Lopsided majorities of Illinois voters, from both parties and all regions, want to take political mapmaking away from the politicians in the biggest blue state that hasn't already given that job to outsiders.
The solid sentiment was expressed in a poll released Tuesday by a coalition pushing legislation that would put creation of an independent redistricting commission to a statewide vote. The 30 groups in the Change Illinois coalition say they'll use the results to pressure Democratic Gov. J.B Pritzker to endorse the idea, which would significantly increase its chances in Springfield.
If such a referendum gets on the November ballot, which for now remains a long shot, Illinois would join Virginia as the biggest states voting to end partisan gerrymandering before the lines are redrawn for the 2020s.
The Illinois plan must get through the General Assembly by May 3 to be on the ballot. The proposed commission would be similar to the one that began work a decade ago in California, a watershed moment in the history of political reform.
Its 17 members would be non-politicians, with a bloc from neither party, and they would be required to set legislative and congressional boundaries that are compact, keep communities together and assure that minority groups have a fair shot at electing a number of lawmakers in line with their population share.
The goal would be to create more competition, both within and between the parties, in a state where those in control have historically minimized the political expense while maximizing their power. Democrats did so with impressive precision a decade ago: More than half the state House and Senate races were not even contested by one of the parties in the last two elections, and only two of the state's 18 congressional districts have changed partisan hands this decade.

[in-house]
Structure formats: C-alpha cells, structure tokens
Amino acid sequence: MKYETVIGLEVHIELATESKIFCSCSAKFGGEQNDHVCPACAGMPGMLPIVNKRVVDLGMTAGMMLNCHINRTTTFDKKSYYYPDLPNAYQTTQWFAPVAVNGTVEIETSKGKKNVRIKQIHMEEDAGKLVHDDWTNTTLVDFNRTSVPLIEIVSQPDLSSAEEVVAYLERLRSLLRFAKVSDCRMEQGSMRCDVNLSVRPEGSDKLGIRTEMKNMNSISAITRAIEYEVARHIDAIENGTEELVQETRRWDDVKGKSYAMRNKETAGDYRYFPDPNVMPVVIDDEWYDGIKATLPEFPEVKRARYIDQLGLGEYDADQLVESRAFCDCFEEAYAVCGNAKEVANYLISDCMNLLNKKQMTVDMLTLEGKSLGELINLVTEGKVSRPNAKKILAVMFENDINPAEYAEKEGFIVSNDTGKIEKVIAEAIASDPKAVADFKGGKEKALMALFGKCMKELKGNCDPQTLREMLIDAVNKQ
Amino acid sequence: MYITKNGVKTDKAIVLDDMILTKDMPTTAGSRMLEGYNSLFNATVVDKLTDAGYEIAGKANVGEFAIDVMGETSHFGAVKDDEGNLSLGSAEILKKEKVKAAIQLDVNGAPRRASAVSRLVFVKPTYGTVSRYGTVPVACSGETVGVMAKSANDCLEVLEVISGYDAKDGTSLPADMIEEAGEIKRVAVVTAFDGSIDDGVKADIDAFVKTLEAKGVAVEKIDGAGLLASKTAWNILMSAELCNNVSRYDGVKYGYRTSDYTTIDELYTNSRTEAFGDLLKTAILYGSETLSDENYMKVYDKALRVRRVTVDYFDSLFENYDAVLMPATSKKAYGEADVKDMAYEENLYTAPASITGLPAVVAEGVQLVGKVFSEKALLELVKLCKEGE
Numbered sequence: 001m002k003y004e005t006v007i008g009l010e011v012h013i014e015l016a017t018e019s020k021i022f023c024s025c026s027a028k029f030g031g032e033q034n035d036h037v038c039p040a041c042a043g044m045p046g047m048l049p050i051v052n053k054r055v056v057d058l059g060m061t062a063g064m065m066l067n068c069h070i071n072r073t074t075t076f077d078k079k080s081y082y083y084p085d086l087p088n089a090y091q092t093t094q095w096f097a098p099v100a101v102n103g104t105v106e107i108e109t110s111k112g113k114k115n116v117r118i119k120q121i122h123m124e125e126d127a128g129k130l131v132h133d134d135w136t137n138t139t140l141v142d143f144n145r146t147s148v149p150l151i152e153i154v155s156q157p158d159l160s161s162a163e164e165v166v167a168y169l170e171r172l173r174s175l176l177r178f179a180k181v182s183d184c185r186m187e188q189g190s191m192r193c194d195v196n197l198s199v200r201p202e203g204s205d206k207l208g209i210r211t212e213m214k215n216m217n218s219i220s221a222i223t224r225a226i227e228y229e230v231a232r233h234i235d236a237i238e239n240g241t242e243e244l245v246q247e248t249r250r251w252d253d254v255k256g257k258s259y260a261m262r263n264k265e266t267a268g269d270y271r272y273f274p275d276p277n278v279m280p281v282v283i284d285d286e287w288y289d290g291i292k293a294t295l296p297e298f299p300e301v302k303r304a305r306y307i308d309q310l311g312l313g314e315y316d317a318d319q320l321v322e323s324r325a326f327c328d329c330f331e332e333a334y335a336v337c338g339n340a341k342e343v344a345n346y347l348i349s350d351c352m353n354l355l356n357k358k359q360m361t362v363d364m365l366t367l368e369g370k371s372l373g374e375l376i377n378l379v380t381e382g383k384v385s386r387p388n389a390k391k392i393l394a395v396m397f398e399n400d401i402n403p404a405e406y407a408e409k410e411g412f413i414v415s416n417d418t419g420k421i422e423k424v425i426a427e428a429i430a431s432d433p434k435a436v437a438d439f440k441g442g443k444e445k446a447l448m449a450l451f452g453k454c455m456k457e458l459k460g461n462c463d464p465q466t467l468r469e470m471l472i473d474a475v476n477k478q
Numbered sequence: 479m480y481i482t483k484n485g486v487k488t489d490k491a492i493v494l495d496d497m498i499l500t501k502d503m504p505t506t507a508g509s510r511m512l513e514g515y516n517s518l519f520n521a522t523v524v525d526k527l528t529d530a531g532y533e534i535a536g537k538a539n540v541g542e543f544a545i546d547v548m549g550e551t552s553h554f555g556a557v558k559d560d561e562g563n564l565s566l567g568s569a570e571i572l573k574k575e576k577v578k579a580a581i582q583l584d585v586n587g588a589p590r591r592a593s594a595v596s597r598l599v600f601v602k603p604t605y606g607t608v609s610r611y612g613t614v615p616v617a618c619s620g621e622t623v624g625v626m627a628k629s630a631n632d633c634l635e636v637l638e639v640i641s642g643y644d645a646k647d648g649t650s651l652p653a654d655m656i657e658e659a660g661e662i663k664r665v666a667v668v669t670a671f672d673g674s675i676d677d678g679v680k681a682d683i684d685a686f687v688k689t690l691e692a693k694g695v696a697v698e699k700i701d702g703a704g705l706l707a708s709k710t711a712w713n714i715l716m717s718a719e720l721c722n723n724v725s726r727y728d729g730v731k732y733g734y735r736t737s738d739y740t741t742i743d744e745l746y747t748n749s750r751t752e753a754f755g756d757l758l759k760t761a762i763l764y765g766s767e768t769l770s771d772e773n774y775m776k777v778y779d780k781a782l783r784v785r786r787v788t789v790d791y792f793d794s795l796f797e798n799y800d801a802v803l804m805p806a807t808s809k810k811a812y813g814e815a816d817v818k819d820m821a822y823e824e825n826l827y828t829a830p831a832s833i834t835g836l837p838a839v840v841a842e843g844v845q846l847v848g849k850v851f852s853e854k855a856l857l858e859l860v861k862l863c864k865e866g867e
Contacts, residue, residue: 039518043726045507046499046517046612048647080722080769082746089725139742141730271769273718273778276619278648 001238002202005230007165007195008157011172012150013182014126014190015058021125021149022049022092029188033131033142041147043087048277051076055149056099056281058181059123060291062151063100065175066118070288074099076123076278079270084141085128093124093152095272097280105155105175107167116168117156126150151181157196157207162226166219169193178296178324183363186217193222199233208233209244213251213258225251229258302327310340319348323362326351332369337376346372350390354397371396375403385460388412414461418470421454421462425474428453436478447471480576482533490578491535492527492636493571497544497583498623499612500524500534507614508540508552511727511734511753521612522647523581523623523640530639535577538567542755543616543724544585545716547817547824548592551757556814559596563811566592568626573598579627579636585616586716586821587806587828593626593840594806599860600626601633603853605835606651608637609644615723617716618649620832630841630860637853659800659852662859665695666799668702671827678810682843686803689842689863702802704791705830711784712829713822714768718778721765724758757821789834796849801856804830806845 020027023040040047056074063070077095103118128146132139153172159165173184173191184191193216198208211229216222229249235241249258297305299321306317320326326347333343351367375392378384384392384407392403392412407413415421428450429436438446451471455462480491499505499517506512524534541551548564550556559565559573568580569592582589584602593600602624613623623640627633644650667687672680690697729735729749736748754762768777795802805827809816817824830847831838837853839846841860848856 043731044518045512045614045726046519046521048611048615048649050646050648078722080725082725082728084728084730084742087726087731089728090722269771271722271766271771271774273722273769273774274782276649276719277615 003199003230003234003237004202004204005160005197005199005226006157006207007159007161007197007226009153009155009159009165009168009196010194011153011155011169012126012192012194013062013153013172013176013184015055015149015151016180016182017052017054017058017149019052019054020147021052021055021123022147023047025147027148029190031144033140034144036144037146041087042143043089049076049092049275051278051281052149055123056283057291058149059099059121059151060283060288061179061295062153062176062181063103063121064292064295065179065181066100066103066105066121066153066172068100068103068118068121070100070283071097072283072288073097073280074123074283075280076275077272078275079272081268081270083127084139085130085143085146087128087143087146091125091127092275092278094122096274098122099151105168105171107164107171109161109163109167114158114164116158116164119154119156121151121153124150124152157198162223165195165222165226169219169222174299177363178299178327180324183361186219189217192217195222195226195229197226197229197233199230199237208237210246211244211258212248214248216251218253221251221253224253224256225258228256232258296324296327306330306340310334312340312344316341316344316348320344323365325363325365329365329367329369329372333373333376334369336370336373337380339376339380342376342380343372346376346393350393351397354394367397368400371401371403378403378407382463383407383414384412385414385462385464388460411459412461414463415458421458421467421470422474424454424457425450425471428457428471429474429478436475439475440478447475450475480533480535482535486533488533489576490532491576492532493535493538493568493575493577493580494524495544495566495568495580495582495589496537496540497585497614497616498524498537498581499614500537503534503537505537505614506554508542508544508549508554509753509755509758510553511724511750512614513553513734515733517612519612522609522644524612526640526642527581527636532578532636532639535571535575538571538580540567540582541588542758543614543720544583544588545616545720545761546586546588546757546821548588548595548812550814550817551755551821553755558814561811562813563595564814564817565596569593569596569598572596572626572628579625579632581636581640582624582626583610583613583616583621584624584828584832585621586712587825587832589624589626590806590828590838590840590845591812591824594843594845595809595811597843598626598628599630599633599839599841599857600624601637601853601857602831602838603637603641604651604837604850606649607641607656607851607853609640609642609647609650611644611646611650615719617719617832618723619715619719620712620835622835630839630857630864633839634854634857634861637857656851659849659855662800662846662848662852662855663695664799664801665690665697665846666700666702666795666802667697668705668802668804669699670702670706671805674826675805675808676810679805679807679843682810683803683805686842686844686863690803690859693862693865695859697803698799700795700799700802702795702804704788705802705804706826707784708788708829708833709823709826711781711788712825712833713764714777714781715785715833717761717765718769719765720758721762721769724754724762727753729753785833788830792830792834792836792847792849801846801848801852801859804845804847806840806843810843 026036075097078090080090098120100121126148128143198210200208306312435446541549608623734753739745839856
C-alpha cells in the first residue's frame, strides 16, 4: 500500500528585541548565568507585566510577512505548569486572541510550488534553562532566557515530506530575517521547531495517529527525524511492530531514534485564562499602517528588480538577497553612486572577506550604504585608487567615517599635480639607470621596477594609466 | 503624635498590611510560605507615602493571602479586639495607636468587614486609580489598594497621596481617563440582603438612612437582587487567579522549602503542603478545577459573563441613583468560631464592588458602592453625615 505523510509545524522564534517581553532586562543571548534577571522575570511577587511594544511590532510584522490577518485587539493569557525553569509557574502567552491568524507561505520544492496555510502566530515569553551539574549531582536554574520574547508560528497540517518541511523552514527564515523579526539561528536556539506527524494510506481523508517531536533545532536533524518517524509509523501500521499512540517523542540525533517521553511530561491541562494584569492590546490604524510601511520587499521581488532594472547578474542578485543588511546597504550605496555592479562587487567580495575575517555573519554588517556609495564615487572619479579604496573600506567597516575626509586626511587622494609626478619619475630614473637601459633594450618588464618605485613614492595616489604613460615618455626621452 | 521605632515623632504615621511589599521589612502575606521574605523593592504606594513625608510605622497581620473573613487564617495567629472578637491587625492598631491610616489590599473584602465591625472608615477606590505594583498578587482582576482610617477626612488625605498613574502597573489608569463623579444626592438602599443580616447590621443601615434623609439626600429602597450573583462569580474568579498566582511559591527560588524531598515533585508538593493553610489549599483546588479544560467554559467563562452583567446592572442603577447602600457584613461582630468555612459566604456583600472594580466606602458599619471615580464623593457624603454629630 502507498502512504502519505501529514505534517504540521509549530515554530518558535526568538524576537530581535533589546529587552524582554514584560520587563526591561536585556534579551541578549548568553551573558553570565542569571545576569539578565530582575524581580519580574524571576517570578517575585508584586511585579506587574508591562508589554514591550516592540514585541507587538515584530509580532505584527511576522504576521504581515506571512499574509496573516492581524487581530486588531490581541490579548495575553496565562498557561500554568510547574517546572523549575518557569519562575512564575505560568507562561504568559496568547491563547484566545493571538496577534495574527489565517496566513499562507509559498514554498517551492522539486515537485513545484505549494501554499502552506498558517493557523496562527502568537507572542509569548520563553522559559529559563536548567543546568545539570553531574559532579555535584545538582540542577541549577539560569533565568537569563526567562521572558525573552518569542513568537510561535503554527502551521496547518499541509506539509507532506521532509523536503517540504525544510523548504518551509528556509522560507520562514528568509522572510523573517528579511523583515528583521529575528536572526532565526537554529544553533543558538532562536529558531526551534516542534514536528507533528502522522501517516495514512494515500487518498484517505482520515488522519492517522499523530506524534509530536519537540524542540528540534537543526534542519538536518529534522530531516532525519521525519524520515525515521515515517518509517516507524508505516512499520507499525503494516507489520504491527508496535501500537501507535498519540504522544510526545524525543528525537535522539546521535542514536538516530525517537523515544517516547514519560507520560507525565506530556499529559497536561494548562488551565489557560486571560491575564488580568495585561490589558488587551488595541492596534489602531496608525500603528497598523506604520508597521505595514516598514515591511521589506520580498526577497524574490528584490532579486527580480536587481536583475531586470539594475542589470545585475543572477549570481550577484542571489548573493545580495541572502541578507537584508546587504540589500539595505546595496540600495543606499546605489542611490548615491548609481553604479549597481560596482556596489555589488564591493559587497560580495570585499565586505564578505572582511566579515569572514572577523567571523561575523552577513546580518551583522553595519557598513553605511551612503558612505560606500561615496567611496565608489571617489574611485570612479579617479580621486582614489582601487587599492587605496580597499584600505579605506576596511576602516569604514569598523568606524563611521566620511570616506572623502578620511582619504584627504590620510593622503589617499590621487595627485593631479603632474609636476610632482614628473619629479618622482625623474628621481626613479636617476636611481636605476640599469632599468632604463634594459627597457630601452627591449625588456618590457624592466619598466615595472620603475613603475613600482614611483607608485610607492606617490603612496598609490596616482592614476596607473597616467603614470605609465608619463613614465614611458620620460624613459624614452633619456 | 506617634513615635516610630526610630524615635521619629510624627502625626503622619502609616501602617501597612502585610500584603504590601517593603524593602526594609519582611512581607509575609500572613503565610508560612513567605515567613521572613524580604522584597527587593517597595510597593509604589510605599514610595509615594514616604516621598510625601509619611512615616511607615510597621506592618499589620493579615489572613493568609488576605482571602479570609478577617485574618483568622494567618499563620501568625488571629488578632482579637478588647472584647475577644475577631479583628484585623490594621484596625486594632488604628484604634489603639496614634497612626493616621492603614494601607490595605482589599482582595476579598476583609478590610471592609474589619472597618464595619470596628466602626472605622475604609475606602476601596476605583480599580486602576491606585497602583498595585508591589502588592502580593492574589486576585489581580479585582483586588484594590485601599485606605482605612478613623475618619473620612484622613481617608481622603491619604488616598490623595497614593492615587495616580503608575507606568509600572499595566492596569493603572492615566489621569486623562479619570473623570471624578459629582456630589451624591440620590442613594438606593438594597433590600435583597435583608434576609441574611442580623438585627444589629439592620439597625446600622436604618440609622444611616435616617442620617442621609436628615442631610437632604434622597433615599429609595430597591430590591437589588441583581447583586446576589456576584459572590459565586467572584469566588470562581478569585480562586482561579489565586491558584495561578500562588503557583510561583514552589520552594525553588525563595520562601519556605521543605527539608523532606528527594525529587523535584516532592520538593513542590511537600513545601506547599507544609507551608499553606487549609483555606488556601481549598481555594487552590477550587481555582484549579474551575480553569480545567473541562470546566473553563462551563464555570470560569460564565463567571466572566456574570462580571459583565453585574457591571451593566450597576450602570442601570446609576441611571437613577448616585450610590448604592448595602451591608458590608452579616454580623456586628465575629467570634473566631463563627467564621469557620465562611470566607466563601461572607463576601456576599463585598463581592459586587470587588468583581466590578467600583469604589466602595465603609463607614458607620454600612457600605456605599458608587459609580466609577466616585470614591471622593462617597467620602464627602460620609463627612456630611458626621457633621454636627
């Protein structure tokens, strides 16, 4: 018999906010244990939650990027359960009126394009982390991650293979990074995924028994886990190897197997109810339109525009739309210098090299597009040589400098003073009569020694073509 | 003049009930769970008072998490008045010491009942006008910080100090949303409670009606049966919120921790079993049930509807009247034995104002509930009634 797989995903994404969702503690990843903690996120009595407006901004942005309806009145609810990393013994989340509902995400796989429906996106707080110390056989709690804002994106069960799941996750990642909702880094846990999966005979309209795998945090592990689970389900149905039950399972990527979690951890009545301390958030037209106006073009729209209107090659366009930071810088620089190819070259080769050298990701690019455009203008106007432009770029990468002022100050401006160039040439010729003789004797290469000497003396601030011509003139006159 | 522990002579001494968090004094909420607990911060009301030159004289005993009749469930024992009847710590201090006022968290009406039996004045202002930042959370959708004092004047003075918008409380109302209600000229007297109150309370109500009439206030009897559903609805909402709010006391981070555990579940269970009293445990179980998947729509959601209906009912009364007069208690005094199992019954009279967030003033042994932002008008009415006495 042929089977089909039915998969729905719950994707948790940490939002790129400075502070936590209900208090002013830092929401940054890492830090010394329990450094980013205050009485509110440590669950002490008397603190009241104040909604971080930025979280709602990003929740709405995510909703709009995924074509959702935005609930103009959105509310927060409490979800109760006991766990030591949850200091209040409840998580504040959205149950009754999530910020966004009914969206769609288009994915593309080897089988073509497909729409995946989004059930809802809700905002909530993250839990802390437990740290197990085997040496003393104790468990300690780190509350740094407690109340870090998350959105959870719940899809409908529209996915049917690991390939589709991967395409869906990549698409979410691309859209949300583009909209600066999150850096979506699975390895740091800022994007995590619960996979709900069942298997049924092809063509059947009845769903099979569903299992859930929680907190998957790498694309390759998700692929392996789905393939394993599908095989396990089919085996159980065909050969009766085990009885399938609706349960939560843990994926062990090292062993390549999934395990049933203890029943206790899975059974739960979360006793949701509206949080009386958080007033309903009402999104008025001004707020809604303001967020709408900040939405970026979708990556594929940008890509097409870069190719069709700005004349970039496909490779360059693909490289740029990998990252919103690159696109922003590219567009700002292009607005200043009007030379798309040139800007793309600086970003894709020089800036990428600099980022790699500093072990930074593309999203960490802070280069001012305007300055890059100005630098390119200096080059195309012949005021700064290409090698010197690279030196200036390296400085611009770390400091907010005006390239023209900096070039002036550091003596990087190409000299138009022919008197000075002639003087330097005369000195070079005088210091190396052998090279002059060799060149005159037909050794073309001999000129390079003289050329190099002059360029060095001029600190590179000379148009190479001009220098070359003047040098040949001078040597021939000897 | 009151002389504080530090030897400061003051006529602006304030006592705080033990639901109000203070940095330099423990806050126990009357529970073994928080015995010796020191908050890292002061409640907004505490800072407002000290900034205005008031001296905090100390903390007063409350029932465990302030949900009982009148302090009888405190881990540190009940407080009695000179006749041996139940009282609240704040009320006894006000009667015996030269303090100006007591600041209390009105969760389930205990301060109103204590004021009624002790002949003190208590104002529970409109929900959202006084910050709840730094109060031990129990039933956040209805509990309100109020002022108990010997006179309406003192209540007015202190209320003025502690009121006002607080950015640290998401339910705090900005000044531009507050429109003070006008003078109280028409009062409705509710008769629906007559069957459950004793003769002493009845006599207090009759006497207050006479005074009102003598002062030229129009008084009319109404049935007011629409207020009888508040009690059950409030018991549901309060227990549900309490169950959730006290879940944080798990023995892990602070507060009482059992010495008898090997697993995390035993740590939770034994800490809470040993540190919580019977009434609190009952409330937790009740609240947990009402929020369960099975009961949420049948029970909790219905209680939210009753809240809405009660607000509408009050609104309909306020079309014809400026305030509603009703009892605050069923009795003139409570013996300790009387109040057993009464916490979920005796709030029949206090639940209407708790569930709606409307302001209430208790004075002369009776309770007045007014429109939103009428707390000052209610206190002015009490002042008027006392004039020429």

In the poll, of 609 likely voters in early February, 75 percent overall supported creation of an independent commission to draw maps — including 82 percent of Democrats, 68 percent of Republicans and more than three-quarters of voters in Chicago, its suburbs and the rest of northern Illinois. Support slipped as low as 63 percent only in rural downstate.
Moreover, strong majorities of both parties (and 74 percent overall) urged Pritzker to take the lead in pushing the proposal. While he endorsed the idea of amending the state Constitution to form an independent commission as a gubernatorial candidate two years ago, he has remained steadfastly noncommittal since taking office. Instead, he has said repeatedly that he would veto mapmaking legislation in 2021 if he concluded the lines were too partisan.
Illinois good-government groups have been pushing for an outsider panel all decade, and they have come up short three times so far. In 2016, the state Supreme Court cited technical grounds in ruling Illinois could not vote on a proposal that made its way to the ballot thanks to 550,000 petition signatures.
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